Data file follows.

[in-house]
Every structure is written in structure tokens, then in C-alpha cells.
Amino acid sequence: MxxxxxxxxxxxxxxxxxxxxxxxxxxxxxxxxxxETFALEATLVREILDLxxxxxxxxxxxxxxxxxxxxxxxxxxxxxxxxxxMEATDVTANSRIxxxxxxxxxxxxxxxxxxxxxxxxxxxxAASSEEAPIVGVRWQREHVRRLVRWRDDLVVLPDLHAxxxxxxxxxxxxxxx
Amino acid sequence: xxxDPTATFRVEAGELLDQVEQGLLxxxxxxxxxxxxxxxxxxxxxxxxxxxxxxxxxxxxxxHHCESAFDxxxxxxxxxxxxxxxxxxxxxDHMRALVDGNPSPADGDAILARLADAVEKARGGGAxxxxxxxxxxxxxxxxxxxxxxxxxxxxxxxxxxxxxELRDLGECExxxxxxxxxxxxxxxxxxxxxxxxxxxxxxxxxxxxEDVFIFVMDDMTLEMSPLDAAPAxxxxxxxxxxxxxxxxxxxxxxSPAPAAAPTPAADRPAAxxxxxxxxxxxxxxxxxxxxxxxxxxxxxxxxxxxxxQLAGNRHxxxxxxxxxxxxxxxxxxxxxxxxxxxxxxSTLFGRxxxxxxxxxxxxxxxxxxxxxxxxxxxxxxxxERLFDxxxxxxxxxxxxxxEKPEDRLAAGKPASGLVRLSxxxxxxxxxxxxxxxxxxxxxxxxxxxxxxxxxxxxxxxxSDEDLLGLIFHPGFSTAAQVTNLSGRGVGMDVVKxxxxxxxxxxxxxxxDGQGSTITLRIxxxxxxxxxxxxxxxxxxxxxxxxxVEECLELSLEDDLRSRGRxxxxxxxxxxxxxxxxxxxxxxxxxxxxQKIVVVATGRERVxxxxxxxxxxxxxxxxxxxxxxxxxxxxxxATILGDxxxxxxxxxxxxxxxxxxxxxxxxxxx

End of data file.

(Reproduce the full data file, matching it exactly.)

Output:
[in-house]
Every structure is written in structure tokens, then in C-alpha cells.
Amino acid sequence: MxxxxxxxxxxxxxxxxxxxxxxxxxxxxxxxxxxETFALEATLVREILDLxxxxxxxxxxxxxxxxxxxxxxxxxxxxxxxxxxMEATDVTANSRIxxxxxxxxxxxxxxxxxxxxxxxxxxxxAASSEEAPIVGVRWQREHVRRLVRWRDDLVVLPDLHAxxxxxxxxxxxxxxx
Amino acid sequence: xxxDPTATFRVEAGELLDQVEQGLLxxxxxxxxxxxxxxxxxxxxxxxxxxxxxxxxxxxxxxHHCESAFDxxxxxxxxxxxxxxxxxxxxxDHMRALVDGNPSPADGDAILARLADAVEKARGGGAxxxxxxxxxxxxxxxxxxxxxxxxxxxxxxxxxxxxxELRDLGECExxxxxxxxxxxxxxxxxxxxxxxxxxxxxxxxxxxxEDVFIFVMDDMTLEMSPLDAAPAxxxxxxxxxxxxxxxxxxxxxxSPAPAAAPTPAADRPAAxxxxxxxxxxxxxxxxxxxxxxxxxxxxxxxxxxxxxQLAGNRHxxxxxxxxxxxxxxxxxxxxxxxxxxxxxxSTLFGRxxxxxxxxxxxxxxxxxxxxxxxxxxxxxxxxERLFDxxxxxxxxxxxxxxEKPEDRLAAGKPASGLVRLSxxxxxxxxxxxxxxxxxxxxxxxxxxxxxxxxxxxxxxxxSDEDLLGLIFHPGFSTAAQVTNLSGRGVGMDVVKxxxxxxxxxxxxxxxDGQGSTITLRIxxxxxxxxxxxxxxxxxxxxxxxxxVEECLELSLEDDLRSRGRxxxxxxxxxxxxxxxxxxxxxxxxxxxxQKIVVVATGRERVxxxxxxxxxxxxxxxxxxxxxxxxxxxxxxATILGDxxxxxxxxxxxxxxxxxxxxxxxxxxx